We are here. Just no fresh ideas at the moment.
As for myself, I have no idea how I finally got W7 to see mty LAN, and I still have to go through the Other Computers on Network link to get to them (W2K and XP)
0
supergggCommented:
Did you set up Homegroup for networking in Windows 7?
Homegroup only works with Windows 7 computers and will not talk to your XP computer.
If so, you will need to change the networking system to one that XP can use.

On your Windows 7 computer, click the Start button at the bottom left of the screen, then go to the Control Panel and choose Network and Sharing Center. Click the link under "view your active networks" (if you've set up a Homegroup,the link should say "home network").
In the next window choose "Work network" that will switch you from a homegroup to a workgroup so your two computers can talk to each other. Before you can network the computers, you must assign the same workgroup name to both of them and SHARE folders in Explorer.

0
BeeEaterAuthor Commented:
In a related issue, I now have a Windows 7 computer that suddenly cannot browse the network at all. It connects wirelessly, and it is networked because it can access the Internet through a wireless router. But suddenly it cannot browse the network at all. It can ping any other IP address on the network, but cannot connect to any other networked computer in Explorer. Even if you type the computer name in the address bar, it tells you it cannot find the computer.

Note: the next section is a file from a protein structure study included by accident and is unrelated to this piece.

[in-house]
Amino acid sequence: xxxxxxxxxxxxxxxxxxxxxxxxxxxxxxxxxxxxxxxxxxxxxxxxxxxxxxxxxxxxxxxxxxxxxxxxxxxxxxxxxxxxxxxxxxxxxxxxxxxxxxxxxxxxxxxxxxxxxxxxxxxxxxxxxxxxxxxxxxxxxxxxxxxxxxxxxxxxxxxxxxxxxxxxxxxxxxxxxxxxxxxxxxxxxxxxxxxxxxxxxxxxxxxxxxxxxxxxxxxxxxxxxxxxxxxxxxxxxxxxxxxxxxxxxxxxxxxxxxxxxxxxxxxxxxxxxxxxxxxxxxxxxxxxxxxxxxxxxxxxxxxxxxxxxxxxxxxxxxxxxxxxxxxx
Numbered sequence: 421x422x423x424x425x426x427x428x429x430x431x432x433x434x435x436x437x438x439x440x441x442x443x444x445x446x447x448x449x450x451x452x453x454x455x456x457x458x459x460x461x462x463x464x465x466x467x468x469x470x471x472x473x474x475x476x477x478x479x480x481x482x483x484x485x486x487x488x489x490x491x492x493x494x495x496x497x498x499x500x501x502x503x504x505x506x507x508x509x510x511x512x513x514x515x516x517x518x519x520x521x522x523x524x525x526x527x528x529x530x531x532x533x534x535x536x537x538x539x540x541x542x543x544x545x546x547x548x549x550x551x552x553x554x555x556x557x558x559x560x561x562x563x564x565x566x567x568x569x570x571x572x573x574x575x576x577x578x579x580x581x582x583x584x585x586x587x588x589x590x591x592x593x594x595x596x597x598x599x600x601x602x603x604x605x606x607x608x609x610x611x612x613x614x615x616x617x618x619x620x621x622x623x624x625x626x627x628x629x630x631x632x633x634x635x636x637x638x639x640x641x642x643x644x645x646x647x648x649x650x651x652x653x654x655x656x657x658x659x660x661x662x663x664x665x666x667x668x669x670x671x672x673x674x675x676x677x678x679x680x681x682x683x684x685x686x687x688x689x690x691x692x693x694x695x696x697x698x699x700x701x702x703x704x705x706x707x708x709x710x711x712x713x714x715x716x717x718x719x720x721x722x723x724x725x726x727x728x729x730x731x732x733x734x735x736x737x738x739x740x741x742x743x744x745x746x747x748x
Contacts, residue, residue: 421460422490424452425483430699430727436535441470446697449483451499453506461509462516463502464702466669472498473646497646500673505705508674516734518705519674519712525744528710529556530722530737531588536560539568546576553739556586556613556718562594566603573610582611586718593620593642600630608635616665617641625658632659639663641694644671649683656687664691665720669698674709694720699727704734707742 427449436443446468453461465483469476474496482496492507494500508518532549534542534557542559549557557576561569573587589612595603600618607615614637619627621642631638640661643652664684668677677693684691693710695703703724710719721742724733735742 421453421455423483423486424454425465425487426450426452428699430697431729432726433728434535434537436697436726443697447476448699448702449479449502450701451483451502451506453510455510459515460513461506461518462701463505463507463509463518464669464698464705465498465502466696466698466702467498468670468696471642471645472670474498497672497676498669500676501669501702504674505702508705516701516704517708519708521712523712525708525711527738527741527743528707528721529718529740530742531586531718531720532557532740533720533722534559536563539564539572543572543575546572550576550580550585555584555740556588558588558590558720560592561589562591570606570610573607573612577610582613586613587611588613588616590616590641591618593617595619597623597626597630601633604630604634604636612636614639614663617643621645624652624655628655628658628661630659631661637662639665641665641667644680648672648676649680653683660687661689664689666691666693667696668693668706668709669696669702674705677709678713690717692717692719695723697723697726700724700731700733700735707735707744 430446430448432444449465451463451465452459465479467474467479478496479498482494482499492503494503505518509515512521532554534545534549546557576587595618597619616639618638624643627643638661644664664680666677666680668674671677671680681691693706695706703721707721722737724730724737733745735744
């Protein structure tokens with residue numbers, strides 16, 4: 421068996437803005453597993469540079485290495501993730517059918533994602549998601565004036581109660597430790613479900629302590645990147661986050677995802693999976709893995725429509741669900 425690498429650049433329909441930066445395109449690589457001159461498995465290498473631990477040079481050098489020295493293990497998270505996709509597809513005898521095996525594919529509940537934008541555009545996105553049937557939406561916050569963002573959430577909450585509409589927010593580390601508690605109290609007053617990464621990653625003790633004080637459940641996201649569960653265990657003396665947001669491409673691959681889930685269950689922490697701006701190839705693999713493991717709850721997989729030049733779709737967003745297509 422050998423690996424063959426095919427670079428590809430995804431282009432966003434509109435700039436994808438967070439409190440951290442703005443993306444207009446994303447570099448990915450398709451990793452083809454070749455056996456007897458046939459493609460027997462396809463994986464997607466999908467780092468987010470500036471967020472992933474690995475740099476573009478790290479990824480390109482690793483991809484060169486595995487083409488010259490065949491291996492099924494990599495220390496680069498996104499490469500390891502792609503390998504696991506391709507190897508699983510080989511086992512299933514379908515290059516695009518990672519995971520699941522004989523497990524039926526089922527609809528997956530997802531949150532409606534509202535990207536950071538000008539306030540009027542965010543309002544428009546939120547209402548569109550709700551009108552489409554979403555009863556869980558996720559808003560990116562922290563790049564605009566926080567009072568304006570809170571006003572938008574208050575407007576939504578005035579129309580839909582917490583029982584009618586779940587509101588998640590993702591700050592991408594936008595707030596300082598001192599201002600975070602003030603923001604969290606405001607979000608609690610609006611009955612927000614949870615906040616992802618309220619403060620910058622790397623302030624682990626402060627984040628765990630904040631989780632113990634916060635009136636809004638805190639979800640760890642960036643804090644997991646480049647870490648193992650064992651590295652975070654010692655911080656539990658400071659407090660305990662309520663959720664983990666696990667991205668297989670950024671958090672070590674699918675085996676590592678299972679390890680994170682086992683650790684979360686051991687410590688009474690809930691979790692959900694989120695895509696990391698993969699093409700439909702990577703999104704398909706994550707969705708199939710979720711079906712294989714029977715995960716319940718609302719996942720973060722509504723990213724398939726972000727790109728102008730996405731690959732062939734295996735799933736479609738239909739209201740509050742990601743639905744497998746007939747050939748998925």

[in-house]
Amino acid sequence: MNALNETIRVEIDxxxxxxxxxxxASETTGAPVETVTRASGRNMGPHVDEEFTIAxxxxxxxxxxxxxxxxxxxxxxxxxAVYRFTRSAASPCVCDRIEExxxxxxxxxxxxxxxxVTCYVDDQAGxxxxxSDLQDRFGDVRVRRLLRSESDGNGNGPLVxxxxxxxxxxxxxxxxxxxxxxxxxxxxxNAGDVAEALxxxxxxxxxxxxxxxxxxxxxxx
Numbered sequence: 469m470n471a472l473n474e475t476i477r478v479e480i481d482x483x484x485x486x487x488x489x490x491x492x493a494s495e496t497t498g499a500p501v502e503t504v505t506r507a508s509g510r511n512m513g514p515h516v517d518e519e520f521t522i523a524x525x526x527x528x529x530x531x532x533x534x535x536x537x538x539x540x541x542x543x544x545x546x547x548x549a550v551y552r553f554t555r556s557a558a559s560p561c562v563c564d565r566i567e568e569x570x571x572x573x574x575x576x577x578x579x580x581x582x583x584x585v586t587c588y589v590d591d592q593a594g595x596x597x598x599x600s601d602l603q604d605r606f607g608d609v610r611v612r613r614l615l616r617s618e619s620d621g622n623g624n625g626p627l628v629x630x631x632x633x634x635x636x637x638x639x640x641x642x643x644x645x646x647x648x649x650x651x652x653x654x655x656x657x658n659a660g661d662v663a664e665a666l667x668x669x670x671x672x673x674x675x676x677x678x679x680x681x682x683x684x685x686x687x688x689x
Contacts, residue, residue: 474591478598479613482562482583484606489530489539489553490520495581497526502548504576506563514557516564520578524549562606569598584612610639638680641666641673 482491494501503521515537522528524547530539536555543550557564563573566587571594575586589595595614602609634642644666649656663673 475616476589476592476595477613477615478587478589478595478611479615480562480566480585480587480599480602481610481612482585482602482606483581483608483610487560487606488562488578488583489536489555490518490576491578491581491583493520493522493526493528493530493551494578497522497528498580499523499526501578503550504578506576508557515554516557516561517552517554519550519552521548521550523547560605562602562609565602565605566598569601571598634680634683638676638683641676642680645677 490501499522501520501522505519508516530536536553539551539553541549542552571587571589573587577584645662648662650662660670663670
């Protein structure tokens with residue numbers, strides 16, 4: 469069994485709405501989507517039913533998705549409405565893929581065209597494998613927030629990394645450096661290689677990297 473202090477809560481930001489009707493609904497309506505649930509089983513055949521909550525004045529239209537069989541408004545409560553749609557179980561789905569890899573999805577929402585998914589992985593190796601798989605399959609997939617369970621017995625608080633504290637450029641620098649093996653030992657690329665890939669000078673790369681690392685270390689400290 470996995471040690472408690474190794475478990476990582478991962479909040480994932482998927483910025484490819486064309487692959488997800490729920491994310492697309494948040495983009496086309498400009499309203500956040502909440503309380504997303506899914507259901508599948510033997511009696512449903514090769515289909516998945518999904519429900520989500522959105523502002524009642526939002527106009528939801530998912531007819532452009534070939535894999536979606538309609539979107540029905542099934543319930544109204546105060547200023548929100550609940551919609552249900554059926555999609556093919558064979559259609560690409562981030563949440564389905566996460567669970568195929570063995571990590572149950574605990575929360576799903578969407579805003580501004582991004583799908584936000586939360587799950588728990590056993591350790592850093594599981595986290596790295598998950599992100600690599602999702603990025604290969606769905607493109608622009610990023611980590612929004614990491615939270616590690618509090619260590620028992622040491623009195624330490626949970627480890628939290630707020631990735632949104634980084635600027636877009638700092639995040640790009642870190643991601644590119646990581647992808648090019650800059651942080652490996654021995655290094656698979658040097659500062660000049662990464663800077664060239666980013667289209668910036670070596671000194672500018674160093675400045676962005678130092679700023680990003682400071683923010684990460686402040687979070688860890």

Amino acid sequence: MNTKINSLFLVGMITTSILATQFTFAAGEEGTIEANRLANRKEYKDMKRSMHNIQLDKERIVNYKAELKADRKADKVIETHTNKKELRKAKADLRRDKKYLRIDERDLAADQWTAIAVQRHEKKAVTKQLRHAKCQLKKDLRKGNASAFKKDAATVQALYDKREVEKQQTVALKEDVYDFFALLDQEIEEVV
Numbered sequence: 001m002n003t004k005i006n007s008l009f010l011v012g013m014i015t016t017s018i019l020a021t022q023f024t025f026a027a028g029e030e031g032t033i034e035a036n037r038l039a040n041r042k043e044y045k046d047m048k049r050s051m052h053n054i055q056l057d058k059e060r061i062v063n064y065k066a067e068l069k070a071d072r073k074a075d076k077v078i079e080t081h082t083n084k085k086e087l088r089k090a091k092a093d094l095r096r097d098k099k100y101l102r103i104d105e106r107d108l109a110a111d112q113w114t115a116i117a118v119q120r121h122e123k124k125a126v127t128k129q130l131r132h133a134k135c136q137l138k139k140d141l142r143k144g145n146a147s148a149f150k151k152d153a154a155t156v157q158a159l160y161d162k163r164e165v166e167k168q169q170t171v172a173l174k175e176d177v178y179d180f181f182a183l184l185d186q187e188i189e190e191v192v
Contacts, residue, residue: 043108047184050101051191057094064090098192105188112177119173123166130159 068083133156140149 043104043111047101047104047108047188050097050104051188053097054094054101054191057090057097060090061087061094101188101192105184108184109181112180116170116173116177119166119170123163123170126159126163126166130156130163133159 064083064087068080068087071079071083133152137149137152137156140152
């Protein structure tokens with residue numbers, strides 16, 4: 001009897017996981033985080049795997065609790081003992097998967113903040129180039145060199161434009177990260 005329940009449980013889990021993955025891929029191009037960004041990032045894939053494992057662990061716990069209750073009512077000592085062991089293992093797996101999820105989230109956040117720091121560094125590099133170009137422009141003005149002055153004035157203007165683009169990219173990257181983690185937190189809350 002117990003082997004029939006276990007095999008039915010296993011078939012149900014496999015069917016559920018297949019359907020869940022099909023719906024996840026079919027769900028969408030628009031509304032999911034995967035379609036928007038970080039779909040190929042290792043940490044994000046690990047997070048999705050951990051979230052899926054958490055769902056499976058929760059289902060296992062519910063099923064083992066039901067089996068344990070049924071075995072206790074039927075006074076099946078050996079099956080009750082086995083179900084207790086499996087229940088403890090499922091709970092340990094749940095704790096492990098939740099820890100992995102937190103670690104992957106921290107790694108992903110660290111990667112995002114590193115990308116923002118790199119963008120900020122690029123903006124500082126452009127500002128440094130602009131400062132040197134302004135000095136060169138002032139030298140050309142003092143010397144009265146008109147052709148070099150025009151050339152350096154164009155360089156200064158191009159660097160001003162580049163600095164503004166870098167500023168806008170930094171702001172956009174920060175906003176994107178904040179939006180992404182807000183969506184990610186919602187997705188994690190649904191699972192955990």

I use a small network scanning utility, which can see all the other computers without any problem. So the networking is clearly functioning. Windows 7 just cannot browse at all, or see any shares on the other computers.
Is Windows 7 networking broken? Has this OS been shipped with buggy networking? I really wish somebody could provide an answer, because I am losing all confidence in this operating system.